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Mediasonic SU2LA Dual Bay RAID + NAS Review

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AkG

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Mediasonic SU2LA Dual Bay RAID + NAS Enclosure Review




Manufacturer Product Page: Mediasonic Web Store
Product Number: HUR1-SU2LA
Availability: Now
Price: Click Here to Compare Prices
Warranty Length: 1 year



You know when a technology is truly matured when you can hear “Jane & Joe Six Pack” talking about “their computer THIS” or “their network THAT”. In the case of networks I here it all the time, average non tech people having and using “their home network”. Do they understand the underlying technology? Of course not, they just know that they plug in the “phone jack looking thingy” and it allows them talk to their other computers. Just recently, home storage and network attached storage has started to enter the average computer user’s lexicon. One thing is for certain: these NAS boxes are not exactly what you think of when you think Network Attached Storage.

In this emerging new market niche it seems that Walmart Rules are in effect and cost truly is paramount. Jane & Joe Six Pack may not exactly know what a NAS does but they certainly know they don’t want to spend a lot of money finding out. To this end most of the value oriented NAS’s are BYOD or Bring Your Own Disk(s) and are either in single bay or dual bay configurations. They are not fancy devices and sheer speed is not a top priority. Yes, they have to be fast enough to stream a movie or song across the network but they don’t have be any faster than that. In the never ending battle of “right sizing”, advanced features like Print Server or even native multi-OS support have been removed, or severely truncated; luckily “right sizing” on most dual bay versions still means RAID is included. The upside to all this down sizing is that these solutions are fast enough, easy enough, stable enough and above all cheap enough for normal everyday people to want to find out what NAS is all about.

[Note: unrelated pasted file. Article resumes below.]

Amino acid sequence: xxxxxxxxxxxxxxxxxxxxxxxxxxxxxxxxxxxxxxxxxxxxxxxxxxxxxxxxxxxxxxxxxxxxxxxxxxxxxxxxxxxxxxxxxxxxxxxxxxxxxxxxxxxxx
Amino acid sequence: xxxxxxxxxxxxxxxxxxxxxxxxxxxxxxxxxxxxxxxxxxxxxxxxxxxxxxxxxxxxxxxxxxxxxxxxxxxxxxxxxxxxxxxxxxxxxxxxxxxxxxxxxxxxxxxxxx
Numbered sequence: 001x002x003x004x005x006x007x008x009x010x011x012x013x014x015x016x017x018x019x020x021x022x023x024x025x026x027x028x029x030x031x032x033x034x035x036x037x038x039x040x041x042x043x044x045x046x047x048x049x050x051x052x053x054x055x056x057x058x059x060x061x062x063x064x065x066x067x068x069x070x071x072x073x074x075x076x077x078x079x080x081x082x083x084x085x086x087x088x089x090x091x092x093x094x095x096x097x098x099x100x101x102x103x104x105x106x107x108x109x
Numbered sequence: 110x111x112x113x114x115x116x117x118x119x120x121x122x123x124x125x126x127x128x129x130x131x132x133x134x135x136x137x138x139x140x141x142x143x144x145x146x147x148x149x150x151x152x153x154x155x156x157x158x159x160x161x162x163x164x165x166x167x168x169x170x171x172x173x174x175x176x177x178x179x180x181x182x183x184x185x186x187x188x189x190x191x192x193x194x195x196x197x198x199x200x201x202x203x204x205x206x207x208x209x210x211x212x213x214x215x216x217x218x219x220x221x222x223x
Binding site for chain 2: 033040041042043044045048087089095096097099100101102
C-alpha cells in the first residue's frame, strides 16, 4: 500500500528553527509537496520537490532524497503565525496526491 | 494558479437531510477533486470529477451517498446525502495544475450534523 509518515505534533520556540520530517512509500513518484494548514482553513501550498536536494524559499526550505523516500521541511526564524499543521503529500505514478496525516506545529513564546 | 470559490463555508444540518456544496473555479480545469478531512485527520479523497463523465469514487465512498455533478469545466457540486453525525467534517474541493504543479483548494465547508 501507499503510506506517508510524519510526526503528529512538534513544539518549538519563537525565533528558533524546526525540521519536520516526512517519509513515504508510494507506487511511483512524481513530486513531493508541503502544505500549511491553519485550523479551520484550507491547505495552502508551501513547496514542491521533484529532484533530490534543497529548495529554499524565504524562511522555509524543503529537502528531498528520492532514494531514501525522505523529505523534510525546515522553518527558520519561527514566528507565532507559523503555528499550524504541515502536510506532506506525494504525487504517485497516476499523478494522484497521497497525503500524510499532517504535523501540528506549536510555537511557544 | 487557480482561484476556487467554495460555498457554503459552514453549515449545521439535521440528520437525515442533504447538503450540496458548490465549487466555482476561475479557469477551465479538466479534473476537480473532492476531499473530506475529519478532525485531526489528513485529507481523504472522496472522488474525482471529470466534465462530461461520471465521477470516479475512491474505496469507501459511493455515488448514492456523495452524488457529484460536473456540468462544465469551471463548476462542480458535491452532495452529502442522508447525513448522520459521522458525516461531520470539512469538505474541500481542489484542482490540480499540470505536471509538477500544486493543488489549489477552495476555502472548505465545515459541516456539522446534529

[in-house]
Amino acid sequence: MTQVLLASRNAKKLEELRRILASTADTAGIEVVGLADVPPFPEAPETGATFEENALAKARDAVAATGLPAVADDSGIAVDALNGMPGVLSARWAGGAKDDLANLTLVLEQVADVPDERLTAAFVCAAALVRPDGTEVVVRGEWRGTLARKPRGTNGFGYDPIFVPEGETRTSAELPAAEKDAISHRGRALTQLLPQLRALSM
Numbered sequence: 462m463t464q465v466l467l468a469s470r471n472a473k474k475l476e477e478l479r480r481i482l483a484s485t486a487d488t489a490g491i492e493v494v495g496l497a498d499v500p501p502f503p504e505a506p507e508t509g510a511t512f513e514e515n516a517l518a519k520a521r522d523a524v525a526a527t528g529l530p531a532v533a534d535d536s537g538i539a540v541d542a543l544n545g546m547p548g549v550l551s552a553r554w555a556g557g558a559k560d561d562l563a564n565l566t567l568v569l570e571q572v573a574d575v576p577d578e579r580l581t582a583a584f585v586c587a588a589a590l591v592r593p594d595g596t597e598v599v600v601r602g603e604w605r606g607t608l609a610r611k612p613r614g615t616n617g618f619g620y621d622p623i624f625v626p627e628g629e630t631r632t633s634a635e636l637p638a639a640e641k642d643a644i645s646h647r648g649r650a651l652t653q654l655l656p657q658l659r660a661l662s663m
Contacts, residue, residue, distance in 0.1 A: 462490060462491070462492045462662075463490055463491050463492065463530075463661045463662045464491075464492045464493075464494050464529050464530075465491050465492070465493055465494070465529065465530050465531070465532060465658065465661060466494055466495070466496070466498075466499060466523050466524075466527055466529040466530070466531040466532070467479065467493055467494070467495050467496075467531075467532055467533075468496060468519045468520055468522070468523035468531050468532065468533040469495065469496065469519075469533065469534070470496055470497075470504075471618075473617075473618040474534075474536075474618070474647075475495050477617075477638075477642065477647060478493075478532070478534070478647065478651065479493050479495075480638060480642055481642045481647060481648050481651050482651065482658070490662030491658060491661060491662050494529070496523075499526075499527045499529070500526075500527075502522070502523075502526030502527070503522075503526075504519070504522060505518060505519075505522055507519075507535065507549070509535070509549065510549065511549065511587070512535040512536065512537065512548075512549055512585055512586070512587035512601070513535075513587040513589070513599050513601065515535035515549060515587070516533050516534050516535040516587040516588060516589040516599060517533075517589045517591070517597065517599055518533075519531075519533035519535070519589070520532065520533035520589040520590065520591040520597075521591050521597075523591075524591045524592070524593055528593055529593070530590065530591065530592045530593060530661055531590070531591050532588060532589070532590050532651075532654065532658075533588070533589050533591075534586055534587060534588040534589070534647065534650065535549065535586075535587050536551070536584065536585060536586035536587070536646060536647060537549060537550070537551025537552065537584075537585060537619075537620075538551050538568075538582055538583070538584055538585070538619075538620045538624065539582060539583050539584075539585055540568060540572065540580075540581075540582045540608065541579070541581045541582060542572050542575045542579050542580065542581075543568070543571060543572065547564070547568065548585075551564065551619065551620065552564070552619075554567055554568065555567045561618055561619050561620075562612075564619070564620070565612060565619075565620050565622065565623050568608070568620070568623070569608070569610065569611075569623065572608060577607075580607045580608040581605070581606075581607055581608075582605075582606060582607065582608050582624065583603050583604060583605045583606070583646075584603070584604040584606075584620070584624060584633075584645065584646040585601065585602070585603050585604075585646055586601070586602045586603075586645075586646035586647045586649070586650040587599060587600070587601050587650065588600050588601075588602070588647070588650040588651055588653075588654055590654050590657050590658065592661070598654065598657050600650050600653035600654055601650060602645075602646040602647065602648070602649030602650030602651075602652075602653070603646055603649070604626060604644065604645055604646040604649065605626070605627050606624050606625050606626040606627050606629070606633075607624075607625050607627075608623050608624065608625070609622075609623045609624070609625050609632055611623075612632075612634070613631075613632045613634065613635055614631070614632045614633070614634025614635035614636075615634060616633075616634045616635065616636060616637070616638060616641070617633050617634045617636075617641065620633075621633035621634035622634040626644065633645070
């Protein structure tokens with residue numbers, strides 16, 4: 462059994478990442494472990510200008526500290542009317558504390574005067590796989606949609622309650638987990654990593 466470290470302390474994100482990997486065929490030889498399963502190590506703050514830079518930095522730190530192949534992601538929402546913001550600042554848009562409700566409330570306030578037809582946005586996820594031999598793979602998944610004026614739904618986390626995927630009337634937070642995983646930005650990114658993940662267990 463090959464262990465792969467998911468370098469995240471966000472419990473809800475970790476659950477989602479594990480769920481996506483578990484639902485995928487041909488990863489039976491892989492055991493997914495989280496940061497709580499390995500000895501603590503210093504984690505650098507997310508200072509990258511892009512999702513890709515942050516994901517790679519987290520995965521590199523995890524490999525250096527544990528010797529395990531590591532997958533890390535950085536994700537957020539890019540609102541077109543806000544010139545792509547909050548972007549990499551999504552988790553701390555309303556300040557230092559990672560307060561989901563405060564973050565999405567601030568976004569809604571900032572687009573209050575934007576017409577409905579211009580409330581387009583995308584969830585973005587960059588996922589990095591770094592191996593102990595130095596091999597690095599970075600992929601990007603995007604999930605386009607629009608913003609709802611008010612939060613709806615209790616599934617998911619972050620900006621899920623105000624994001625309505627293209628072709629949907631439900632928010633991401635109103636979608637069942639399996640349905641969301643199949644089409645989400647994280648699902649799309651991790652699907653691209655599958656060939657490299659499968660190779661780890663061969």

Just recently we reviewed two dual bay storage enclosures from MediaSonic. The HUR1-SU2 and the HUR1-SU2FWB and they were found to be very good “no frill” devices that got the job done. During that review we decried the lack of any NAS features on the higher end SU2FWB model and MediaSonic seems to have answered our musings.

Today we will be looking at one of their newest products: the HUR1-SU2LA. This unit is a 2 bay Raid+ NAS Drive Enclosure Kit that not only includes USB connectivity but also RJ45 network abilities. Just like its other siblings it has RAID 0 and 1 capabilities and can use any standard SATA 3.5” hard drive. Also like the other two units it comes with a one-year warranty and will be widely available at various e-tailers throughout the country (can also be purchased directly through the MediaSonic webstore). However, the biggest difference between this unit and its siblings is that this unit is not marketed towards the SOHO customer; rather this unit is more for the first time NAS buyer AKA Consumer Marketplace. Due to this market strategy change we will answer the most important question of them all: will this new and different market focus have a negative or positive impact on this unit's performance?

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AkG

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Features and Specifications

Features and Specifications

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AkG

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Packaging and Accessories

Packaging & Accessories

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The box color scheme consists mainly of white, black and gray background with red highlights, all with basic black and white coloured text. It seems that MediaSonic like to keep things simple as this HUR1-based NAS came in box so similar to the ones we reviewed previously that unless you are very careful you may end up picking up the wrong box. The “quick and easy” way to tell them apart is by a colour coded sticker on the front lower corner which tells you what the enclosed box supports. In the case of the SU2LA model it was a blue sticker that proclaims its support for both RJ45 and USB. It is easy to understand why MediaSonic recycled nearly the exact same box from model to model, as it does keep art design costs low. This lowered cost is directly reflected in the impressively low MSRP. The downside to this re-use is that fact that it makes for a very confusing box. No one, especially busy moms whose mantra literally is “Time is more important than money”, might not want to purchase a NAS box just to find out when they get back to their home that they picked up the wrong model.